Full cells of bare Zn and PD-Zn coupled with δ-MnO2 (Supplementary Fig. 33) are assembled to evaluate the influences of the S-Zn and P-Zn anodes on the full cell performance. The Nyquist plot of the initial cells of bare Zn||MnO2 and PD-Zn||MnO2 enables the extrapolation of the charge transfer resistance (Rct). The Rct of the PD-Zn||MnO2 cell with 40 Ω is much less than that of the bare Zn||MnO2 cell with 65 Ω, as shown in the Nyquist plot in Fig. 6a and the fit data reported in Supplementary Table 5, suggesting that PD-Zn is kinetically favourable for charge transfer. The cyclic voltammetry (CV) curves in Fig. 6b support the EIS speculations. The oxidative peak (1.65 V) of PD-Zn||MnO2 is lower than that of bare Zn||MnO2 (1.69 V), and the reductive peaks of PD-Zn||MnO2 are all higher (1.32 V vs. 1.29 V, 1.18 V vs. 1.14 V) than that of bare Zn||MnO2. These results suggest less polarization of the PD-Zn anode compared with the bare Zn anode. A slightly higher capacity for PD-Zn||MnO2 was demonstrated through further cycling performance (Fig. 6c, d) with the specific current of 0.5 A g−1. After 200 cycles, the charge and discharge capacity of bare Zn||MnO2 deviate gradually, and the coulombic efficiency drops accordingly. The cell fails during the 214th cycle, as shown in Fig. 6c. The charge curve of the green dashed line shows infinite charge capacity, and the voltage cannot reach the cut-off voltage (1.85 V), which is normally viewed as a short circuit. In contrast, the PD-Zn||MnO2 cell shows a similar cycling trend without the occurrence of a short circuit (Fig. 6d). The plateaus of the galvanostatic charge–discharge (GCD) curves of PD-Zn||MnO2 are also consistent with the CV peaks (Fig. 6c). After 500 cycles, the cells were disassembled for further analysis. As shown in Fig. 6e, the morphology of bare Zn is unregulated with sharp tips, which is the culprit for the short circuit. In contrast, PD-Zn exhibits a flat surface with uniform and compact Zn deposition (Fig. 6f). High mass loading (5.6 mg cm−2) of the cathode (MnO2) was used to further test the stability of the PD-Zn electrodes. No short circuit was observed within 2000 cycles (Fig. 6g). The cycling performances obtained for the PD-Zn||MnO2 cells are well positioned compared with recent literature (see Supplementary Table 6).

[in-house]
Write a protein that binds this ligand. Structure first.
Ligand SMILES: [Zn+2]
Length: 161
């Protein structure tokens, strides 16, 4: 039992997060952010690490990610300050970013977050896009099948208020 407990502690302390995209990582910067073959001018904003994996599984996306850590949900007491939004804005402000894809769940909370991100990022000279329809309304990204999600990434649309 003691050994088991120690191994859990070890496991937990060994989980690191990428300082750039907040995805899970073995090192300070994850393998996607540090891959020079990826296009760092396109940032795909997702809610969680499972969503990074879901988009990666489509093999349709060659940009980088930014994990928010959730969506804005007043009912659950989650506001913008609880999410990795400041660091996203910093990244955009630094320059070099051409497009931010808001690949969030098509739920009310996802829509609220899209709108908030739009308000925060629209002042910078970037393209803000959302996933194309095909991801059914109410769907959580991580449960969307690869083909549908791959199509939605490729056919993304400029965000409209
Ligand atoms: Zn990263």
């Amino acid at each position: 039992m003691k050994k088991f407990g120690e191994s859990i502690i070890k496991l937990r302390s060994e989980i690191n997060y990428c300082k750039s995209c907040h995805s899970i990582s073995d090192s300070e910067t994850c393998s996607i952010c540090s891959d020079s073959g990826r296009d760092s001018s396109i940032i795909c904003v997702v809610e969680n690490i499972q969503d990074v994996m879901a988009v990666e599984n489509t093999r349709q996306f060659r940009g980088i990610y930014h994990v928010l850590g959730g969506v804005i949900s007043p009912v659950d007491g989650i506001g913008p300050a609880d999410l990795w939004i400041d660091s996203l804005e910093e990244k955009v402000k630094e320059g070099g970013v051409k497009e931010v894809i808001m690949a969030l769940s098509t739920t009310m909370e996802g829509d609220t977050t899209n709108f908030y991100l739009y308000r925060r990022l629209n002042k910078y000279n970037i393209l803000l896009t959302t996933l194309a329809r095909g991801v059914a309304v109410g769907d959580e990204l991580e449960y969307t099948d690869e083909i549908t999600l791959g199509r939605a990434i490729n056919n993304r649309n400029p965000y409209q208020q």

To demonstrate the applicability of the predeposited Zn anode strategy, activated carbon-based (C) positive electrodes have been taken into account. Further Zn||C cells (Supplementary Fig. 34) were introduced to evaluate the anode performance, and the results are illustrated in Supplementary Fig. 35. The PD-Zn||C cell demonstrates a lifespan exceeding 10,000 cycles without a short circuit. In contrast, the bare Zn||C cell shows a similar capacity deviation, coulombic efficiency decline, and failure after 3642 cycles (Supplementary Fig. 36).
In summary, the dendrite issue of the Zn anode is detrimental to cell performance. Previous studies have focused on the plating behaviour without consideration of the initial stripping process. This work investigated the voltage profile and morphology evolution of P-Zn and S-Zn within a symmetric Zn||Zn cell separately. We demonstrate that the stability performance of the Zn anode was affected by not only the operating conditions, but also the initial stripping/plating. The Zn electrode that was initially plated in the first cycle demonstrated a more uniform morphology in subsequent cycles. In contrast, severe dendrites formed on the pit position for an initially stripped Zn electrode. Based on these analyses, a predeposition strategy is proposed to induce uniform Zn plating/stripping. The corresponding Zn||MnO2 cell delivers a better performance without the sign of a short circuit, and the Zn||C cell exhibits 10,000 cycles of stable cycling. This work has provided insight into both the stripping and plating processes of a Zn anode, demonstrating their equal importance in terms of dendrite formation. This work can serve as a starting point to inspire researchers to investigate the stripping process of metal anodes.